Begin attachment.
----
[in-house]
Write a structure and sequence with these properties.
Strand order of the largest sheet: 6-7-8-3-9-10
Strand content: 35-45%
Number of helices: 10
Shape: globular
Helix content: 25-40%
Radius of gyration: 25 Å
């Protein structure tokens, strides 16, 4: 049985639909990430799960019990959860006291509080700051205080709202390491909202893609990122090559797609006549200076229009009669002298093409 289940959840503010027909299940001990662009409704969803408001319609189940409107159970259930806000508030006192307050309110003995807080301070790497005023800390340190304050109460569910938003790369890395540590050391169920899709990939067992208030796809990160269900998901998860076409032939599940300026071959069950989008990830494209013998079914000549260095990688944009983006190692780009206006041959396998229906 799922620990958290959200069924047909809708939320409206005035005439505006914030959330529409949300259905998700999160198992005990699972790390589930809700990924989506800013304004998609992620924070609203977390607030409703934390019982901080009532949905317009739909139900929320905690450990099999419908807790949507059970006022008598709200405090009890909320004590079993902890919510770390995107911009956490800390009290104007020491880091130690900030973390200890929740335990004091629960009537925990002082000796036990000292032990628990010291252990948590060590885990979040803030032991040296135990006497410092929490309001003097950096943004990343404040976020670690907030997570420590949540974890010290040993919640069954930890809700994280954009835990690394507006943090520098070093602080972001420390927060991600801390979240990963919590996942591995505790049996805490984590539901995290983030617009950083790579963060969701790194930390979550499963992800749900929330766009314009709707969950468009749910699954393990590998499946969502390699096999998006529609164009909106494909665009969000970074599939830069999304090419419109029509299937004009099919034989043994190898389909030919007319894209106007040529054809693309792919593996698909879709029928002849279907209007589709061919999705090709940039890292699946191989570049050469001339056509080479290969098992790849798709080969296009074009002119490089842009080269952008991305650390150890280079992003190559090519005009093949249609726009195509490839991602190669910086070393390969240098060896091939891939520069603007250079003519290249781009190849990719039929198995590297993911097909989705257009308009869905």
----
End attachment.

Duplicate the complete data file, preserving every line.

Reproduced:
[in-house]
Write a structure and sequence with these properties.
Strand order of the largest sheet: 6-7-8-3-9-10
Strand content: 35-45%
Number of helices: 10
Shape: globular
Helix content: 25-40%
Radius of gyration: 25 Å
């Protein structure tokens, strides 16, 4: 049985639909990430799960019990959860006291509080700051205080709202390491909202893609990122090559797609006549200076229009009669002298093409 289940959840503010027909299940001990662009409704969803408001319609189940409107159970259930806000508030006192307050309110003995807080301070790497005023800390340190304050109460569910938003790369890395540590050391169920899709990939067992208030796809990160269900998901998860076409032939599940300026071959069950989008990830494209013998079914000549260095990688944009983006190692780009206006041959396998229906 799922620990958290959200069924047909809708939320409206005035005439505006914030959330529409949300259905998700999160198992005990699972790390589930809700990924989506800013304004998609992620924070609203977390607030409703934390019982901080009532949905317009739909139900929320905690450990099999419908807790949507059970006022008598709200405090009890909320004590079993902890919510770390995107911009956490800390009290104007020491880091130690900030973390200890929740335990004091629960009537925990002082000796036990000292032990628990010291252990948590060590885990979040803030032991040296135990006497410092929490309001003097950096943004990343404040976020670690907030997570420590949540974890010290040993919640069954930890809700994280954009835990690394507006943090520098070093602080972001420390927060991600801390979240990963919590996942591995505790049996805490984590539901995290983030617009950083790579963060969701790194930390979550499963992800749900929330766009314009709707969950468009749910699954393990590998499946969502390699096999998006529609164009909106494909665009969000970074599939830069999304090419419109029509299937004009099919034989043994190898389909030919007319894209106007040529054809693309792919593996698909879709029928002849279907209007589709061919999705090709940039890292699946191989570049050469001339056509080479290969098992790849798709080969296009074009002119490089842009080269952008991305650390150890280079992003190559090519005009093949249609726009195509490839991602190669910086070393390969240098060896091939891939520069603007250079003519290249781009190849990719039929198995590297993911097909989705257009308009869905």